Anyway, warming up won't help me, since also when I warm up and focus on placing the note correctly, I fail at doing so. Most of the time anyway.
                I'm Masklin. How was your day?

                Comment


                • #9






                  Quote Originally Posted by Masklin
                  View Post

                  But singing and warming up are largely the same thing, aren't they?




                  I wouldn't say so. Like weight training. You warm up with light non weighted movements then progress to light weights and then work up. If the max weight you can bench press is 200 lbs you don't warm up with 200 lbs. You start light and work your way up before actually doing your workout. When you warm up for a workout you don't tire the muscle you'll need to be using. You just get blood flowing through them and "warm" them. Maybe get a little sweat on your forehead making sure your core is warmed.

                  Same with singing. Warmups should be light and progressive (exercises) working up to what you might be using in your actual singing. But not tiring yourself out. Just "warming up." Not really "singing."



                  Sometimes there are certain things you may not be able to do with your voice until completely warmed. The muscles need to loosen so to speak. I like to save more difficult songs for after I've sung some easier ones.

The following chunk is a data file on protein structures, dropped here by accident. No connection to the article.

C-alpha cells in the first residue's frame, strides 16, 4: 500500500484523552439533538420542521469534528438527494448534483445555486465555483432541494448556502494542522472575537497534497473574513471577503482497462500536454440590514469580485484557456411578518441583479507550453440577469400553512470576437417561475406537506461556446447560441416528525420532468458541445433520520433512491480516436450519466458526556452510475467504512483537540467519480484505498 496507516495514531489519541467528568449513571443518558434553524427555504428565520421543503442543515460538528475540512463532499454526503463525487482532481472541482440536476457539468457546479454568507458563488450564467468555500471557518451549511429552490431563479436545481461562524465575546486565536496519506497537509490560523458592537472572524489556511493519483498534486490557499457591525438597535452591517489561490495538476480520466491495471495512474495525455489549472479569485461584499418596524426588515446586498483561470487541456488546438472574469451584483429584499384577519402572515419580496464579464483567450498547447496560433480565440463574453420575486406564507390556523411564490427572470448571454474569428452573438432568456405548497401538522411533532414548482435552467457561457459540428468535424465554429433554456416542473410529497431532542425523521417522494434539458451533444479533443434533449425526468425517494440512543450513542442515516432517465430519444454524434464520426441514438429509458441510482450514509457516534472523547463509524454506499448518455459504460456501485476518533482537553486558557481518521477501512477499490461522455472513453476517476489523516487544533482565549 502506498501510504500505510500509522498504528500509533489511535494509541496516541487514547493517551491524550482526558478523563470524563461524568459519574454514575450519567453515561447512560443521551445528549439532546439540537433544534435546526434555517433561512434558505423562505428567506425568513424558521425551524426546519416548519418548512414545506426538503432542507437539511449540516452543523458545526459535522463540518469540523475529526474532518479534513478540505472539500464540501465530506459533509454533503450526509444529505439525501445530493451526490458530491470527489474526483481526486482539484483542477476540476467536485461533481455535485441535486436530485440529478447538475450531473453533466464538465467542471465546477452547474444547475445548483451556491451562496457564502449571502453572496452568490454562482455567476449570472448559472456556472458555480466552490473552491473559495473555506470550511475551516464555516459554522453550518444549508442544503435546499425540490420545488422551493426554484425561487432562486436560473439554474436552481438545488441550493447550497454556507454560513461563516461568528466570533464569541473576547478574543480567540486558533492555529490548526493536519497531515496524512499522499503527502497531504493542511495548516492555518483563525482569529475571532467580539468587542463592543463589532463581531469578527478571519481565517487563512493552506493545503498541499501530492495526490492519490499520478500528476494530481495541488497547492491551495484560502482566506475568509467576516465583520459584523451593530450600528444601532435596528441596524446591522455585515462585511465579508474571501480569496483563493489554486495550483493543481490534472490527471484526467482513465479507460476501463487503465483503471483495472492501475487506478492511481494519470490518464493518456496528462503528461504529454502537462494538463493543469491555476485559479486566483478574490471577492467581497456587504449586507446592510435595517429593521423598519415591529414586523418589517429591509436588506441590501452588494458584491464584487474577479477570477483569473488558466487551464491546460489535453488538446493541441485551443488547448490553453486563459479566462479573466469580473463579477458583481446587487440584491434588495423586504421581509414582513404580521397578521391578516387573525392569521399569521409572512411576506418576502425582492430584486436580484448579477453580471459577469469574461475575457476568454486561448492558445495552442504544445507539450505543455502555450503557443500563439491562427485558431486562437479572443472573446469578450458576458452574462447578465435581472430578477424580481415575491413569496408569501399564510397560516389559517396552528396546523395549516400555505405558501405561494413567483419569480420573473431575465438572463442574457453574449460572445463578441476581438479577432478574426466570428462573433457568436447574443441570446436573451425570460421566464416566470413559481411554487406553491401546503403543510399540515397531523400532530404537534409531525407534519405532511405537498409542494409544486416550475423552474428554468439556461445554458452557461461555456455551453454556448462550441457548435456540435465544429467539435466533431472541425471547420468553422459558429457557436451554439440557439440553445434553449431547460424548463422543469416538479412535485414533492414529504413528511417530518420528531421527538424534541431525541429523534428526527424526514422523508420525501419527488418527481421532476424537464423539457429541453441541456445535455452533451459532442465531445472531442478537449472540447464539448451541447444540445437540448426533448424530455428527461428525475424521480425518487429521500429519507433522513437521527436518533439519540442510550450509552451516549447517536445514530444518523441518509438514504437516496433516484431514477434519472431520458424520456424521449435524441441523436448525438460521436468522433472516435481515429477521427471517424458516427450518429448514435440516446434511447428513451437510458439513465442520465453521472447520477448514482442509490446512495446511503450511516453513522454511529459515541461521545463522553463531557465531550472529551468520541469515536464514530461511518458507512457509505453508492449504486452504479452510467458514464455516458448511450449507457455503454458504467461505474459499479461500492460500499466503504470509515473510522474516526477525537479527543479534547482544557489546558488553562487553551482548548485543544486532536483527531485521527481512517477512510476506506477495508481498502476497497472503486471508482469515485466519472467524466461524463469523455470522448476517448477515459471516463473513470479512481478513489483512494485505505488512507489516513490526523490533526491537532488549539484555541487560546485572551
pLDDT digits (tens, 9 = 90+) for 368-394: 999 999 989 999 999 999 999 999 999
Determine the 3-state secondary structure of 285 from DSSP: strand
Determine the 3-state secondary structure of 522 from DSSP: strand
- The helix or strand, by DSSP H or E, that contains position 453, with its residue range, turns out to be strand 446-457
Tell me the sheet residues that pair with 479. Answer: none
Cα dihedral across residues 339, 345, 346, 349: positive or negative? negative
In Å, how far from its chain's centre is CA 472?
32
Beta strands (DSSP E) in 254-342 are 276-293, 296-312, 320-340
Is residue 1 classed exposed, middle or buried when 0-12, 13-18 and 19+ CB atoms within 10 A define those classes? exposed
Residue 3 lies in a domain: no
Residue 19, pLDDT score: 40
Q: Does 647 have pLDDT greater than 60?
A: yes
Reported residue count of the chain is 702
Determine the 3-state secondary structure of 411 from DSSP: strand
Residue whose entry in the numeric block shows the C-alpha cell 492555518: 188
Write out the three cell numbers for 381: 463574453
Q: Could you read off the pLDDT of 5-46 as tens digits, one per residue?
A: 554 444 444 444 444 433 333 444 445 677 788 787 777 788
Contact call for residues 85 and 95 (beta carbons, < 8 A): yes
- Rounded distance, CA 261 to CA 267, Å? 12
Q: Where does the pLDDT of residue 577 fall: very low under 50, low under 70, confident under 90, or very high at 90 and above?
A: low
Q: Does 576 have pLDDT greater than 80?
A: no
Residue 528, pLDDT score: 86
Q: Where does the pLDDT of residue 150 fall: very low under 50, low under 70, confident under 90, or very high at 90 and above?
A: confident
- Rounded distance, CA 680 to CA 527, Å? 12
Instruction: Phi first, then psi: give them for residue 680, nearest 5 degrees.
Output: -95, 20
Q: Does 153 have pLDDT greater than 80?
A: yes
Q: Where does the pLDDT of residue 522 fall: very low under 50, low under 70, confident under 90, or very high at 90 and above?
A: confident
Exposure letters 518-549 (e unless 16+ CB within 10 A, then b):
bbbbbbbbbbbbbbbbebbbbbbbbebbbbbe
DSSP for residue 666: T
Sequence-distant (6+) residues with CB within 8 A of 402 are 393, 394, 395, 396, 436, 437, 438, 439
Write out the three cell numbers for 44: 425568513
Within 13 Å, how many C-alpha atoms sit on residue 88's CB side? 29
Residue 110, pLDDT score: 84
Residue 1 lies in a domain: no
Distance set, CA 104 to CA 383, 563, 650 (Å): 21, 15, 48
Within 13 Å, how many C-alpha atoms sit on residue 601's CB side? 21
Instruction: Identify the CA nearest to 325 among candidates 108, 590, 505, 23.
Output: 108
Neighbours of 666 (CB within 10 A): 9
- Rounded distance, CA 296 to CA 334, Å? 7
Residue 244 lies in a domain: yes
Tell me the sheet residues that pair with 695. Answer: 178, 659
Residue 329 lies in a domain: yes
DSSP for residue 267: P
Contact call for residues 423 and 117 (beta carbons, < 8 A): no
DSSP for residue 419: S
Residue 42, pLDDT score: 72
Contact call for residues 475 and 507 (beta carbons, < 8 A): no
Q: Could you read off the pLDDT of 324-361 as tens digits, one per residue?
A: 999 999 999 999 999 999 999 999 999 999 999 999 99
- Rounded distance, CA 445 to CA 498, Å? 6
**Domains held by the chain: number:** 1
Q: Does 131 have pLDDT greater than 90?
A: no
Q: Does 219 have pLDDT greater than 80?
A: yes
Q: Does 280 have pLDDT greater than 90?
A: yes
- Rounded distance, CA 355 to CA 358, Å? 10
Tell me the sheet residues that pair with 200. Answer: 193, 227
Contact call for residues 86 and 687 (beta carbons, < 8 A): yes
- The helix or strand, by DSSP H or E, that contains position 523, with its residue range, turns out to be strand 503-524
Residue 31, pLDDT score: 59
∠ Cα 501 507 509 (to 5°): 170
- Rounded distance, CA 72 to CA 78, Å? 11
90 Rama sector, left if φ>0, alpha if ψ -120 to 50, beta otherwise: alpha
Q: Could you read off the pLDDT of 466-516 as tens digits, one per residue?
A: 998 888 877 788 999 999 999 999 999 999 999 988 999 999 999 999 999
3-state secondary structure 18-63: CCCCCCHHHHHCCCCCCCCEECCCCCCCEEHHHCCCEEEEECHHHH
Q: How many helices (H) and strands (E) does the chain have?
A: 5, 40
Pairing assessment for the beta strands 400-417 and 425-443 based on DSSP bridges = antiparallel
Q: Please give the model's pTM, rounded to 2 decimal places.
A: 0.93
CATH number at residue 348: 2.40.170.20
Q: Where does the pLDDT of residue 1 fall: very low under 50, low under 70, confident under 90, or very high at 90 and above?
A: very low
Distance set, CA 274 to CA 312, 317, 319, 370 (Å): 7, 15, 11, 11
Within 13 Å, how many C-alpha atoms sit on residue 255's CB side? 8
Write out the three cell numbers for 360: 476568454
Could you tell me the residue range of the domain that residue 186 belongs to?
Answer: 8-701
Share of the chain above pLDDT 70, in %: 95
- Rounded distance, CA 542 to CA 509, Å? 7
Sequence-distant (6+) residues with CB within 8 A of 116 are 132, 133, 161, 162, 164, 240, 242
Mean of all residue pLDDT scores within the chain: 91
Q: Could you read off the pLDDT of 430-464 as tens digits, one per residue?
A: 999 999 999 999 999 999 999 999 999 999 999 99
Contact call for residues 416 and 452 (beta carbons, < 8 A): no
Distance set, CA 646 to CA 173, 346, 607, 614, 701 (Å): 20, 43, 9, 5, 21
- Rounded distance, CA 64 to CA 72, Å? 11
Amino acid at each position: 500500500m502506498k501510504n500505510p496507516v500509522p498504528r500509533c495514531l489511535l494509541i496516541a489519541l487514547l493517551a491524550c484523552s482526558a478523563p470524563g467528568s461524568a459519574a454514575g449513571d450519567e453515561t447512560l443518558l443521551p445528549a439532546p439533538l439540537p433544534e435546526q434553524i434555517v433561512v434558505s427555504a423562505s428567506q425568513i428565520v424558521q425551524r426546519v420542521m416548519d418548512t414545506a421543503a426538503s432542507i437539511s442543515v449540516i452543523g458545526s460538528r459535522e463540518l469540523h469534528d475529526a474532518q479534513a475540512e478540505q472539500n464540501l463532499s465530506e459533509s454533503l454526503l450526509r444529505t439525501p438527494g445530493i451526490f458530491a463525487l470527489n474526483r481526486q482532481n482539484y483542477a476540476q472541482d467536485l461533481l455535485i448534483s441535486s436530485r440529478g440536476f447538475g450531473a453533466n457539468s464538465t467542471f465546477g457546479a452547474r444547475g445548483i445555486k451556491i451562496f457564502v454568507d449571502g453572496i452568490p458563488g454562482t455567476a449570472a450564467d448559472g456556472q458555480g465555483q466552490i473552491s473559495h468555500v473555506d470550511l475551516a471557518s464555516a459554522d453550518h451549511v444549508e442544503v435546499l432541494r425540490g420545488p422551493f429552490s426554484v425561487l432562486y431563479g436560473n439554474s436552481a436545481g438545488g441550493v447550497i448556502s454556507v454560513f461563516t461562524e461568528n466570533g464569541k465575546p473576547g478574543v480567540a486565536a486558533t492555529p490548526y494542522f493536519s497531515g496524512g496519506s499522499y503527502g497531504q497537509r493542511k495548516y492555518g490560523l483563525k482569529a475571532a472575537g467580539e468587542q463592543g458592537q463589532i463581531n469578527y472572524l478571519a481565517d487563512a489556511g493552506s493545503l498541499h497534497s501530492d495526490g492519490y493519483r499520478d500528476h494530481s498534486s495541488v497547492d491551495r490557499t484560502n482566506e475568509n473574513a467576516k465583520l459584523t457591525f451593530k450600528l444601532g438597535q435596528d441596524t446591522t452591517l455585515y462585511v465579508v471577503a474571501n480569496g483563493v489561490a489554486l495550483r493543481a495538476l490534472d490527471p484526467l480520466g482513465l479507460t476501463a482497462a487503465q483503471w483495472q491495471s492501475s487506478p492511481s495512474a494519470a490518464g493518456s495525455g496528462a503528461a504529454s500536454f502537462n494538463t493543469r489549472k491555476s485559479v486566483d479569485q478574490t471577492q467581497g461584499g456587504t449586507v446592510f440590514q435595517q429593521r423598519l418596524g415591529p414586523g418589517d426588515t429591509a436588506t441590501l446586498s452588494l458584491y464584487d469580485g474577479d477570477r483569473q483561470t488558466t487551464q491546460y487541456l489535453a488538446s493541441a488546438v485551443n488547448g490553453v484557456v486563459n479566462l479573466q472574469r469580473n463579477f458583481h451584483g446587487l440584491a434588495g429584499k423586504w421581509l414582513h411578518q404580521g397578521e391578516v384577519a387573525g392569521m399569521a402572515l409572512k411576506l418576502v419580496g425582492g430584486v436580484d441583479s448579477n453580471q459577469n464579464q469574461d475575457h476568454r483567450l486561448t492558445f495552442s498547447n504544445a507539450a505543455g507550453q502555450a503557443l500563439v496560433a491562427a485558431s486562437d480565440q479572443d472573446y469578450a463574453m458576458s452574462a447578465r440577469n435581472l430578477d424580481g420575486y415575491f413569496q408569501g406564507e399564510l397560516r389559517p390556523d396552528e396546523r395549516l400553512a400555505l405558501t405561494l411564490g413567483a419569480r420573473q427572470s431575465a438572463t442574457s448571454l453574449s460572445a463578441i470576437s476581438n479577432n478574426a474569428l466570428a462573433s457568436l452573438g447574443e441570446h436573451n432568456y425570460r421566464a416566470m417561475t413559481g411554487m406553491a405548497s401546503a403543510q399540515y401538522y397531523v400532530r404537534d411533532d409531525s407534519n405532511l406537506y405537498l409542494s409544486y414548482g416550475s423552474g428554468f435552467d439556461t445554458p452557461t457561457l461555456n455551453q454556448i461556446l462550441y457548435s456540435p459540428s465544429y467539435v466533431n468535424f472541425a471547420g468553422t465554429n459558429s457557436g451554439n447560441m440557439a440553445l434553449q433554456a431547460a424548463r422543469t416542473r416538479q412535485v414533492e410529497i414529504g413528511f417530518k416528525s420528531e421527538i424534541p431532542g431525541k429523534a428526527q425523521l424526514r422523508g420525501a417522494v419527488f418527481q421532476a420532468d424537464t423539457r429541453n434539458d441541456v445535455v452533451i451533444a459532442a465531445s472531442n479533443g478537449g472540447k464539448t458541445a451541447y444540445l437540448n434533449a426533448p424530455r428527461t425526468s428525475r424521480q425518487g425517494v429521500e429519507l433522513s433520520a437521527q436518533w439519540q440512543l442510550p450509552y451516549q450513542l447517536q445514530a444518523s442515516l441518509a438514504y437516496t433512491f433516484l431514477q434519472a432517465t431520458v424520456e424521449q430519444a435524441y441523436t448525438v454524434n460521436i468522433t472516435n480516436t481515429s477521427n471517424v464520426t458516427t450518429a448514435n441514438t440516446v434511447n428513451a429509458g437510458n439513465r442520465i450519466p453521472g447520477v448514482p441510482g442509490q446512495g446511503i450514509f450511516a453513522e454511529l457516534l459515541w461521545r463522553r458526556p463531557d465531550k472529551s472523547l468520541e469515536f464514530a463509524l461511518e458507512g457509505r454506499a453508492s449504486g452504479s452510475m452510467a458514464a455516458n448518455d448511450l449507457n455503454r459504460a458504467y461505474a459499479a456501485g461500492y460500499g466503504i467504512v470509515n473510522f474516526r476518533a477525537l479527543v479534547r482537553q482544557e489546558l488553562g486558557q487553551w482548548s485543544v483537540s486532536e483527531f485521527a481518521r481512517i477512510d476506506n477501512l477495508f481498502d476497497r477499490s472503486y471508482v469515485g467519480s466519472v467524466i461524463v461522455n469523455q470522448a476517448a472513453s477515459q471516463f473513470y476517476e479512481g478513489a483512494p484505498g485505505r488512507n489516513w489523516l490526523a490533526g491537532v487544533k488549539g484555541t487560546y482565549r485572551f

Tommy




                  My song covers
                  http://www.soundclick.com/bands/defa...bandID=1246058

                  Video


                  “The blues ain't nothing but a good man feelin' bad”
                  ~ Leon Redbone~

                  Comment


                  • #10






                    Quote Originally Posted by Masklin
                    View Post

                    But singing and warming up are largely the same thing, aren't they?




                    My teacher taught me to warm up and cool down. My warm up in a combination of scales, vocalises and vocal fries. The cool down is mostly the vocal fries.



                    Here is an example of a vocal fry.






                    http://www.youtube.com/watch?v=0raVR9T_LIw
                    http://www.ElenaHouseOnline.com

                    Comment


                    • #11
                      I never warm up or cool down, ever. I just sing stuff. And because of the way I sing, nothing ever hurts. It’s only when I try and “belt” (which I still can’t work out how to do properly), does my voice have problems. Nothing hurts too much, but after about half an hour my voice will begin to cut out, there’ll be coughing, discomfort in the throat, and I also get light headed and chest pains. Great, eh!? lol In my opinion, no amount of warming up will help with this because obviously I'm doing things completely wrong!
                      All things must pass...

                      Comment













                      Working...
                      X